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Energy, Diet and Aging: The Roles of Photosynthesis and Bioenergetics in Energy
By: Peter T. Pugliese, MD
Posted: September 10, 2009, from the October 2009 issue of Skin Inc. magazine.
Long before animal life appeared on the Earth, the plants were busy making food for them. By the wonders of a pigment known as chlorophyll, the plants took a simple gas called carbon dioxide and water, then borrowed energy from the sun and made a food called sugar. Sugar is a molecule consisting of carbon, oxygen and hydrogen held together by strong chemical bonds forged in the cell leaf, with ATP generated in the leaf using photons from the sun’s light.
Chloroplasts are organelles found in plant cells that conduct photosynthesis. They capture light energy and convert it to a form of ATP through photosynthesis, which occurs in several steps. Some of the light energy is stored in the form of ATP while most of it is used to remove electrons from water. These electrons are then used in the reactions that turn carbon dioxide into the organic compound know as sugar, actually sucrose. The plant achieves this by a sequence of reactions known as the Calvin cycle.
The Calvin cycle. The fixation or reduction of carbon dioxide is a process in which carbon dioxide combines with a five-carbon sugar, ribulose 1,5-bisphosphate (RuBP), making it a six-carbon sugar that yields two molecules of a three-carbon compound, called glycerate 3-phosphate (GP), also identified as 3-phosphoglycerate (PGA). GP plus ATP and NADPH from the light-dependent stages is reduced to glyceraldehyde 3-phosphate (G3P), a true three-carbon sugar, or triose. Five out of six molecules of the triose produced are used to regenerate RuBP so the process can continue. The other molecules of the triose phosphates that are not recycled condense to form hexose phosphates, namely sucrose, starch and cellulose. The sugars actually yield carbon skeletons that can be incorporated into other metabolic reactions for the production of amino acids and starch.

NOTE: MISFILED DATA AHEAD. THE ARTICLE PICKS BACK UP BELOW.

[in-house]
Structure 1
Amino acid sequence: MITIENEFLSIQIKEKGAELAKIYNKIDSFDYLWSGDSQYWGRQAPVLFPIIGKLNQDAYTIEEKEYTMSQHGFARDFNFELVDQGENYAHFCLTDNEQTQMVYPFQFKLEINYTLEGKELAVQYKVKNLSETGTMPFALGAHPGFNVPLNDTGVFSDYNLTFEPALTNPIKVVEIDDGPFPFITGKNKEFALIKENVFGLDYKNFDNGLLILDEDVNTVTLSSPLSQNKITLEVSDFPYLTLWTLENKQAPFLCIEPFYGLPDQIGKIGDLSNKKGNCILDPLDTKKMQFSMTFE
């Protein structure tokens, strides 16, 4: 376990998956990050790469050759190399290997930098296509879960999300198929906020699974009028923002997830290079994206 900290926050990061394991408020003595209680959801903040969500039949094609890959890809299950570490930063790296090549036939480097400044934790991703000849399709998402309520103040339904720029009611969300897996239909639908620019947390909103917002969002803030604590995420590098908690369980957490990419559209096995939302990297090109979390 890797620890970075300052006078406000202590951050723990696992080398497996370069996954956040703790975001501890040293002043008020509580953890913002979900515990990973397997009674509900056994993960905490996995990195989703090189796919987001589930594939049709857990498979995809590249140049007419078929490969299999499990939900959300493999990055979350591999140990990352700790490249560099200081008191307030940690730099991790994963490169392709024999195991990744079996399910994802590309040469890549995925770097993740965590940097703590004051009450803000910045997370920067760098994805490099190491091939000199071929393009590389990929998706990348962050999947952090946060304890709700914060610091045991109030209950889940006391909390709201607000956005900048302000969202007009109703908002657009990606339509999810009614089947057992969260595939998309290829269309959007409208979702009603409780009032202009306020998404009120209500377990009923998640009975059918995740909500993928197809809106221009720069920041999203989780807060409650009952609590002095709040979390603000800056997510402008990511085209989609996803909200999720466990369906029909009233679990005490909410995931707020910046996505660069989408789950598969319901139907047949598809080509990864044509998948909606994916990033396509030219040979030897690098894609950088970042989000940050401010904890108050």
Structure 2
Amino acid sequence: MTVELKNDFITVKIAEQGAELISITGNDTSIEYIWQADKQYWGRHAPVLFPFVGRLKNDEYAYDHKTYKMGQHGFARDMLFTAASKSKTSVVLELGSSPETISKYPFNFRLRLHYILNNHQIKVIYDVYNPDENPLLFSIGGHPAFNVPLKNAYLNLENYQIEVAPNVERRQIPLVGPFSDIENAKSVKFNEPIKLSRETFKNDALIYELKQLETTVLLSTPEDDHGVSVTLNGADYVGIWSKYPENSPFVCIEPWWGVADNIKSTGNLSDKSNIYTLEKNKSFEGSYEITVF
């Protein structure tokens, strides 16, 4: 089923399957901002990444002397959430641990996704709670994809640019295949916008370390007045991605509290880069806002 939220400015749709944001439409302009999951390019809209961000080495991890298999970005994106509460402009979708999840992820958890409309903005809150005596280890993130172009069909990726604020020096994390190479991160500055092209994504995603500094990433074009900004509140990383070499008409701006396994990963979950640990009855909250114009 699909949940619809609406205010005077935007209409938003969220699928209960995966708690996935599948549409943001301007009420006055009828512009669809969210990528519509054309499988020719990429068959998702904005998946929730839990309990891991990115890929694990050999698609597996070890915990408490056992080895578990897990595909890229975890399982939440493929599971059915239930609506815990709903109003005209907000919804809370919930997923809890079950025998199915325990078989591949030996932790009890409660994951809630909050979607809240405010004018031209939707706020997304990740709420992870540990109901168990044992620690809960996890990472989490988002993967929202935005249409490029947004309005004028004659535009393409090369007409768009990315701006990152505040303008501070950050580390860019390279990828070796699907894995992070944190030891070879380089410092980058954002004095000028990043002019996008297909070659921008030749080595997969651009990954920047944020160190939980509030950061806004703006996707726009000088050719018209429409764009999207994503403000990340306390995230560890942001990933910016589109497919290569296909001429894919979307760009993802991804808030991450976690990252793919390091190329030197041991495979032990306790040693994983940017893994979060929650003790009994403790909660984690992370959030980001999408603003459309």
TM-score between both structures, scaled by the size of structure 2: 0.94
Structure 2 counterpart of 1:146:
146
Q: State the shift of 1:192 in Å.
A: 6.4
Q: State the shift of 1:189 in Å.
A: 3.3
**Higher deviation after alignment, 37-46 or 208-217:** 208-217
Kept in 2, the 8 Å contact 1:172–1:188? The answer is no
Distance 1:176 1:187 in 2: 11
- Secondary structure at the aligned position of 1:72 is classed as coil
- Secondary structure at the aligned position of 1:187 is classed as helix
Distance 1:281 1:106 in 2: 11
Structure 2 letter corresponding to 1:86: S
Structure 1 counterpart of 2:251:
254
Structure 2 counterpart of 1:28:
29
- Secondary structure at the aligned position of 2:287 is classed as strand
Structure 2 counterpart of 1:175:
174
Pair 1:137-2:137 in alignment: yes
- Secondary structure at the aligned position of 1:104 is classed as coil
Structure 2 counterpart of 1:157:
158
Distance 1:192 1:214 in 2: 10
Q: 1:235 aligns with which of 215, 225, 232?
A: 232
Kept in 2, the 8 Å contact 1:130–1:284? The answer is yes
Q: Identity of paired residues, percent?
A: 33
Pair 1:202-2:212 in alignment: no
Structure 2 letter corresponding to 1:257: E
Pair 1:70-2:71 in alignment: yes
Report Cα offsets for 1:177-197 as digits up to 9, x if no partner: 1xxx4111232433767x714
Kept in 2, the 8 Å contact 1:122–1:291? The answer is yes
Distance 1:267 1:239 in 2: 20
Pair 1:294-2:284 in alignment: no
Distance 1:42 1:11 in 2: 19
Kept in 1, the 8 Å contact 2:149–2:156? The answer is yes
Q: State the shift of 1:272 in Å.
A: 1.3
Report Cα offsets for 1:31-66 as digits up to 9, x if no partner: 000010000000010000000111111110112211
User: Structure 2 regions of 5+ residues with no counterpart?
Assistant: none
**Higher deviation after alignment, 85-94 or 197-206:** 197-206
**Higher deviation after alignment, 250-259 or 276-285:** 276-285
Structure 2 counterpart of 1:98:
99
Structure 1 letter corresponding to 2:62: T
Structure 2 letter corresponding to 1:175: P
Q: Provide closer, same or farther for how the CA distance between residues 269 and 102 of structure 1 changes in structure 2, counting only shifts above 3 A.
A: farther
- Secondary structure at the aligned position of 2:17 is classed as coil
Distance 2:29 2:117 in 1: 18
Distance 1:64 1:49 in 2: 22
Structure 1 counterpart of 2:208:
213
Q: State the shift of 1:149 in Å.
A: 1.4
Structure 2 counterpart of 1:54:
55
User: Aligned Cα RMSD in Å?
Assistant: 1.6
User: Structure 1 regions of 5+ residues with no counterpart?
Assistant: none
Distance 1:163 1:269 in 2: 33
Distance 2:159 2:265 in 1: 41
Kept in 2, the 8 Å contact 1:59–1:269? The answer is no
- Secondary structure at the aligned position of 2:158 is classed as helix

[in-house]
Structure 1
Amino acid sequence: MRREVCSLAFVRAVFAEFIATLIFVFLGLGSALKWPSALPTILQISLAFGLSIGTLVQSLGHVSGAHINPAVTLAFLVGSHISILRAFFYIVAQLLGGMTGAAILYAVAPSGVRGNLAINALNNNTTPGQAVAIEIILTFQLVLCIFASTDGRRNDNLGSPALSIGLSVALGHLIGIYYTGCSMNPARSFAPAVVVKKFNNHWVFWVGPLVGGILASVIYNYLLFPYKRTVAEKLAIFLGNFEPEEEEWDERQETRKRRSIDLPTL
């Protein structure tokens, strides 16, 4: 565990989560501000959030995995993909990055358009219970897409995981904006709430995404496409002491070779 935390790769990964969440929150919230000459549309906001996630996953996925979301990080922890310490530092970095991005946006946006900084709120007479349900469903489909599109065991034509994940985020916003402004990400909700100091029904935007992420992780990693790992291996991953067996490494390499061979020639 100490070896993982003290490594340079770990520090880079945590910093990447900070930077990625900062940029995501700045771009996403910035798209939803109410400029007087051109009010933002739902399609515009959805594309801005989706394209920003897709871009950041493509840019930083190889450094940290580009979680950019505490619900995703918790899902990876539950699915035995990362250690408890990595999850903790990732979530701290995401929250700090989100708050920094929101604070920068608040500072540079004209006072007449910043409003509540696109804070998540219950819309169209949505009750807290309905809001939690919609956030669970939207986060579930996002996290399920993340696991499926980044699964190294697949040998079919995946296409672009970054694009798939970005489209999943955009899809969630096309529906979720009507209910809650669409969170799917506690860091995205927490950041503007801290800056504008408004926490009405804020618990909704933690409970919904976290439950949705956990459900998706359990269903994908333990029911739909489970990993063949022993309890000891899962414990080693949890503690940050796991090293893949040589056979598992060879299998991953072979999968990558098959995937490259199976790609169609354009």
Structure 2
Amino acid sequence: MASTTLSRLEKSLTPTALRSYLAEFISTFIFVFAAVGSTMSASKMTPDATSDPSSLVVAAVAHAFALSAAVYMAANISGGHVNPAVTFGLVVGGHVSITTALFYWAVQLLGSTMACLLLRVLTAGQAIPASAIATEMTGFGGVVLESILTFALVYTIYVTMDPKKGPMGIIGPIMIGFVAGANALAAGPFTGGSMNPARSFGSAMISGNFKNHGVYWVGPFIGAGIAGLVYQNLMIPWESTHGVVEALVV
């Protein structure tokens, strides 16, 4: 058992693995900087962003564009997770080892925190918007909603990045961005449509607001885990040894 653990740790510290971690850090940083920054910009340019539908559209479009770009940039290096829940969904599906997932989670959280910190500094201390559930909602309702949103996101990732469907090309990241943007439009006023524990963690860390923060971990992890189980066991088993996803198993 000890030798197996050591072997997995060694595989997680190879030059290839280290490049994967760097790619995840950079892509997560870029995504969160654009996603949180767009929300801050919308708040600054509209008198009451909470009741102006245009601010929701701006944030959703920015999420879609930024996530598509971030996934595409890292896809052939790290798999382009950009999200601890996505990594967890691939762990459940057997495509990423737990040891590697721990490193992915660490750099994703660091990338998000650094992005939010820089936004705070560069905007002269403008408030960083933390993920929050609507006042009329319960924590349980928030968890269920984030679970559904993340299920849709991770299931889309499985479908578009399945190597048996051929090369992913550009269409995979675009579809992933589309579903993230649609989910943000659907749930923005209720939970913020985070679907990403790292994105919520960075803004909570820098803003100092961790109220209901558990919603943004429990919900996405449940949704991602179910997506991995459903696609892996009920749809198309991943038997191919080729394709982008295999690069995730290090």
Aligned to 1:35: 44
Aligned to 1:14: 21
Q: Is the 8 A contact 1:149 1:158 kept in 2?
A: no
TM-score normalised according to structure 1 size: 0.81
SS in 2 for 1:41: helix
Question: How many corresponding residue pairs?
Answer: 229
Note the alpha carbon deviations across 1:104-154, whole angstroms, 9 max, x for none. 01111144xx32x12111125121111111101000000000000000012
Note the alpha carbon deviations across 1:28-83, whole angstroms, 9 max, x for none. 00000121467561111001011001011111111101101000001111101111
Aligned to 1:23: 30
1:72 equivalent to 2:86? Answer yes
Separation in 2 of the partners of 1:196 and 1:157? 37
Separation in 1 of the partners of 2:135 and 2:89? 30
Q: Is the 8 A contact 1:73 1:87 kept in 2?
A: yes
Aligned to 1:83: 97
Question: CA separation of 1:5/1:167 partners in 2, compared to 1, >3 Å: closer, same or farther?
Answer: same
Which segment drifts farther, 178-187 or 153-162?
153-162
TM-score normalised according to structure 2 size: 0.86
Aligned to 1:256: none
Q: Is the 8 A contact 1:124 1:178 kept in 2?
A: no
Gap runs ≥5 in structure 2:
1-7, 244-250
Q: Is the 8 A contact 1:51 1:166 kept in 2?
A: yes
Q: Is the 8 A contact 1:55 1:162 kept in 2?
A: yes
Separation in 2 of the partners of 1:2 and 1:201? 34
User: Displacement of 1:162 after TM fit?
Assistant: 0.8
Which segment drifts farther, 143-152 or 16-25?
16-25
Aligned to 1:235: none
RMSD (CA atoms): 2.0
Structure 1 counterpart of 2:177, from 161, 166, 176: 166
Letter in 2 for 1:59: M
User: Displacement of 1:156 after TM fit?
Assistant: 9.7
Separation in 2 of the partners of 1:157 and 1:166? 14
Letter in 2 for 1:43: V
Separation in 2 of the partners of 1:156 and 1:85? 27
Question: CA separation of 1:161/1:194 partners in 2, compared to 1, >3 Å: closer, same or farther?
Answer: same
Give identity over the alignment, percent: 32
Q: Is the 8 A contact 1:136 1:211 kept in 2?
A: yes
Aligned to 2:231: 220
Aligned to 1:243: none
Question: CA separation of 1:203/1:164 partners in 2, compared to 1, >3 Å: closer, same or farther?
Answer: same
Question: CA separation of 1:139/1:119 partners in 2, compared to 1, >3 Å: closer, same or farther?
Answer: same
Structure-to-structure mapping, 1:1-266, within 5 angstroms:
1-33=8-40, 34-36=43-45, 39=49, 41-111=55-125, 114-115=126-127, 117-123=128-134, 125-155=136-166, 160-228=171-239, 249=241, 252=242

Photosynthesis and sugar
The leaf consists of an upper and lower epidermis with cells in between called mesophyll cells. Within the mesophyll cells are hundreds of structures called chloroplasts that contain chlorophyll packed into disc-shaped structures called grana. The grana are made up of stacks of single discs called thylakoids. The chlorophylls and other pigments, such as carotenoids, are in the outer layer of the thylakoids. Photons from sunlight hit the pigments and transfer high energy to electrons that are knocked loose from the chlorophyll and fly off to energize the complicated process of photosynthesis. This is the first part of the photosynthesis and the only part that requires light energy, thus it is often called the light reaction or light-dependant reaction. Water enters the process in the stroma where a special enzyme breaks it down to hydrogen and oxygen by photolysis of water. The hydrogen is further broken down into hydrogen ions and electrons. These electrons are returned to chlorophyll to be used again. The oxygen molecule is either used in the formation of other compounds or is returned to the air as molecular oxygen. After the thylakoids, the next process moves out to the stroma. The stroma is where enzymes take the carbon from carbon dioxide and combine it with hydrogen and oxygen to make simple carbohydrate molecules. This part of the process is generally referred to as the light-independent reactions or dark reactions.